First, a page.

Six transparent columns show the way to a passage. In the back room a pattern of precious looking glass jewellery unfolds on the front wall, gently moving in the wind of a fan. Each individual piece of jewellery in the net forms a triangle of small cut crystals in which the neon light refracts and is reflected in colour.
With Display III, Miriam Yammad continues a series of installations that are materially and content-wise related to each other. Stereotypes of western views encounter objects, which mostly originate from the domestic environment of migrant everyday culture. The artist takes them away from their intended function and symbolic attribution. She unfolds and alienates them. She creates new relationships and orientations. Between the traces of established identities and new perspectives emerges an ‘alteritarian’ space for representations of stereotypical gender roles and cultural perceptions (of high and low).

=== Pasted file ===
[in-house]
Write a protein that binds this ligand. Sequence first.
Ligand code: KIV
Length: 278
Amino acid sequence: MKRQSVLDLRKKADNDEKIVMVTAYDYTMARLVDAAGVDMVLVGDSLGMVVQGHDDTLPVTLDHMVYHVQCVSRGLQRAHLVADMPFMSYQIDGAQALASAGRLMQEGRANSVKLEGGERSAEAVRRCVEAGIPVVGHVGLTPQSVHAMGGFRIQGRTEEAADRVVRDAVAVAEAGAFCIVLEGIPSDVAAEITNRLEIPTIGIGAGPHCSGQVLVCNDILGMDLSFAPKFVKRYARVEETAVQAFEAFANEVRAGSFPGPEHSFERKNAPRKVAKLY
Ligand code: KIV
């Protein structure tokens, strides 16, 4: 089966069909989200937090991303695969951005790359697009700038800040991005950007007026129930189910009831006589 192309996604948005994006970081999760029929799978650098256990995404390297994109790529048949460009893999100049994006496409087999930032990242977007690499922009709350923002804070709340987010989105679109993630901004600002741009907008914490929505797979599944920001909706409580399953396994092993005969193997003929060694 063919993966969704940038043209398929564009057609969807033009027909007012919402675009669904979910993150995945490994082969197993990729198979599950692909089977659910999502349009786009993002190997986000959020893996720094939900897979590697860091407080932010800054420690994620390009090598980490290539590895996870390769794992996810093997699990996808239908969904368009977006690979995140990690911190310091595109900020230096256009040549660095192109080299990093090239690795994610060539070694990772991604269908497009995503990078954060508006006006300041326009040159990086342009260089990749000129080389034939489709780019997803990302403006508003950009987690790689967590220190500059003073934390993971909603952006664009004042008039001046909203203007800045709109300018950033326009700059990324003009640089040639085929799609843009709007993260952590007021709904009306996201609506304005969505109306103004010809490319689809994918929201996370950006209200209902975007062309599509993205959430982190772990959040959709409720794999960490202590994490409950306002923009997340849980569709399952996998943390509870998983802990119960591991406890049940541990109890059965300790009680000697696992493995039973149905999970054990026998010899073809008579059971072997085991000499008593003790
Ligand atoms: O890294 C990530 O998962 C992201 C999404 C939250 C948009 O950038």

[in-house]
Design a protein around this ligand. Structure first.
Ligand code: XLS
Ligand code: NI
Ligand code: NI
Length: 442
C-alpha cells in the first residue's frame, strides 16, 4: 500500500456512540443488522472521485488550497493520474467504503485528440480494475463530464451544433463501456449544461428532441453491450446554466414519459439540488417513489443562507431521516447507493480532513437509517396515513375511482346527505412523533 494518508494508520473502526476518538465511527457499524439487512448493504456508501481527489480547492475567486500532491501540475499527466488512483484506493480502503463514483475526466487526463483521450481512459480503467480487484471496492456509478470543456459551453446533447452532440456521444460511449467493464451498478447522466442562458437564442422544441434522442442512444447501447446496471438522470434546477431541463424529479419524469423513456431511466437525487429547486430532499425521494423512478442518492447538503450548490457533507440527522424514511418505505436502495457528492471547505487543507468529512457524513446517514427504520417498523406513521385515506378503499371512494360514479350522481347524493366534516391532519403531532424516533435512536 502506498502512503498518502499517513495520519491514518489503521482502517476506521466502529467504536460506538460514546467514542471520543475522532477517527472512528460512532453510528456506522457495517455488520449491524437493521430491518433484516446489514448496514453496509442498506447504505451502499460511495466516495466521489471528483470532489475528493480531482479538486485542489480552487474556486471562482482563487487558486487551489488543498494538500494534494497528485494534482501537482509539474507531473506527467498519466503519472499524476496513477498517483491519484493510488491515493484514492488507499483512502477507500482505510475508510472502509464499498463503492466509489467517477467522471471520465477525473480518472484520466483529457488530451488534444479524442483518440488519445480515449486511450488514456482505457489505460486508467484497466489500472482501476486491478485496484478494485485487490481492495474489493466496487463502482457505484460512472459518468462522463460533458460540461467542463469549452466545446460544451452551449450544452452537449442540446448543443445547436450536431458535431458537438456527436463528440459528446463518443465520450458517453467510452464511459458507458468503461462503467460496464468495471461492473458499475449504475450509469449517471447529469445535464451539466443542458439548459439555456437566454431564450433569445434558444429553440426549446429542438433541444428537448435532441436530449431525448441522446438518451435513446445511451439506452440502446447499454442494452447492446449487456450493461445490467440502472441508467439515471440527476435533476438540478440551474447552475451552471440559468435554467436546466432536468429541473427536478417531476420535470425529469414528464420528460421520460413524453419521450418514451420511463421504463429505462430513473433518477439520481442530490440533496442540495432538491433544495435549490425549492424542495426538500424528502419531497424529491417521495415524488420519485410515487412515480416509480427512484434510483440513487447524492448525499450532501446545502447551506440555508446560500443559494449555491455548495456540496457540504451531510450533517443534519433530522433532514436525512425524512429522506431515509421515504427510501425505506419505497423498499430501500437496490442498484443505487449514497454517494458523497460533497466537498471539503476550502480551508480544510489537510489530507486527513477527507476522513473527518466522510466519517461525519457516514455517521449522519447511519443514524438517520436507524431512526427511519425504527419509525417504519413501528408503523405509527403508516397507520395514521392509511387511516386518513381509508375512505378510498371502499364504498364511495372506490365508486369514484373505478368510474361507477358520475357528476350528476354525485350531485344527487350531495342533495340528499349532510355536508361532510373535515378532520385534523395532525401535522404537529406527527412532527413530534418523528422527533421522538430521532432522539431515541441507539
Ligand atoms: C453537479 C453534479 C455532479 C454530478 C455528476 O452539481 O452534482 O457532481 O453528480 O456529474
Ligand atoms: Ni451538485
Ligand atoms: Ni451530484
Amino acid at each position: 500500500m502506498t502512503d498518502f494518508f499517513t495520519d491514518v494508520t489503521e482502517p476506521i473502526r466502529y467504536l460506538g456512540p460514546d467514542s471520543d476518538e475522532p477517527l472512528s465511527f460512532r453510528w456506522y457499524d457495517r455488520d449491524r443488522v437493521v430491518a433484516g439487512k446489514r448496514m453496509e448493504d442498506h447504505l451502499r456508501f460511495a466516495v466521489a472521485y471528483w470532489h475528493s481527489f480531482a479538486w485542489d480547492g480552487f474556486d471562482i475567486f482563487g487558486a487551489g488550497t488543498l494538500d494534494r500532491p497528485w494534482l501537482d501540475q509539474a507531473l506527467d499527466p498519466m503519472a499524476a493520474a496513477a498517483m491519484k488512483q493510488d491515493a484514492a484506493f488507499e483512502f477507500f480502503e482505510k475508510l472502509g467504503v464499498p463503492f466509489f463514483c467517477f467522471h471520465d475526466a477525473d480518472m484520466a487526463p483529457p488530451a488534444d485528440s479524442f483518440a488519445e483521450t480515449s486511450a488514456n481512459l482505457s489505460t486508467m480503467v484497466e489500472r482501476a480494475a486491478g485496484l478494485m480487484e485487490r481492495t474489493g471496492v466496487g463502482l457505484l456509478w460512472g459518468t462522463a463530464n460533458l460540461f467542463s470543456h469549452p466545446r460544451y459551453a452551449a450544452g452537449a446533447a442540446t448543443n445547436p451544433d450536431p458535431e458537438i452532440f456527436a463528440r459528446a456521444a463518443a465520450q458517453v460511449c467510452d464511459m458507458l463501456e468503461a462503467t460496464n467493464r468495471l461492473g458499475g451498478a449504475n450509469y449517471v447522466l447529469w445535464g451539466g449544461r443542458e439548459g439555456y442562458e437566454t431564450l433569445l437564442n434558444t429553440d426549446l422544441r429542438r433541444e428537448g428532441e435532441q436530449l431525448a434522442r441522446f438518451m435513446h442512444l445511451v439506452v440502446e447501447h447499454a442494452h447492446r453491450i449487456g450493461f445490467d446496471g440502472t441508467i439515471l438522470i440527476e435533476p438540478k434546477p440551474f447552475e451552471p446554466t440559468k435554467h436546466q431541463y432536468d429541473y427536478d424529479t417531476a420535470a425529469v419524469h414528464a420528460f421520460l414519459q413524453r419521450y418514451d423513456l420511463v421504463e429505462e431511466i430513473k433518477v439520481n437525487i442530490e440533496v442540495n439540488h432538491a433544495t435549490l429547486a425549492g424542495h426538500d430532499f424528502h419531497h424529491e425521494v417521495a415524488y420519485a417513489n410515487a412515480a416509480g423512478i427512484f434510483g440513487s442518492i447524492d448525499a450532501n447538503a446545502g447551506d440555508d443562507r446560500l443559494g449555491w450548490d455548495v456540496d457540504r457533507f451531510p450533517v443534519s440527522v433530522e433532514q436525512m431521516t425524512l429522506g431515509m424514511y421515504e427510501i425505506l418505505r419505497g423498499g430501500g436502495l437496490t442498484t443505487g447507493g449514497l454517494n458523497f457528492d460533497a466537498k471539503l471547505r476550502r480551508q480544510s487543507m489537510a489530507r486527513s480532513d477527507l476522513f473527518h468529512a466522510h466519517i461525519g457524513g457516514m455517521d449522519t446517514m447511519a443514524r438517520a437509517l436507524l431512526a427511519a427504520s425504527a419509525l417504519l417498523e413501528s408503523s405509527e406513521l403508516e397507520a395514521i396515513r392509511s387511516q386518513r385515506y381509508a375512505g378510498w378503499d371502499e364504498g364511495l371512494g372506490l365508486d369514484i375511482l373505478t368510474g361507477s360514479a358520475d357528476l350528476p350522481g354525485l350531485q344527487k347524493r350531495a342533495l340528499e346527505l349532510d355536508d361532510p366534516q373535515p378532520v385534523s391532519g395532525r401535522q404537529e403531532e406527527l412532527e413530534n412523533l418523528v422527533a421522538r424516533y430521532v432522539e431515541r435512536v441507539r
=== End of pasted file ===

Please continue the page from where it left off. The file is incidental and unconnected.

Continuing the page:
The narrative of the towering column as a supporting element representative of a patriarchal order is softened by making the colonnade of simple plastic foil – a material which serves in the domestic context to provide the kitchen table with a protective and easily wiped surface. Yammad also works with so-called ‘hand slaves’ made of crystal glass, which are popular wedding jewellery whose etymology speaks for itself. But the ‘Crystal play’ with its colourful light reflections shows a certain beauty and sublimity, which the staging and ambiguity cannot harm for a moment.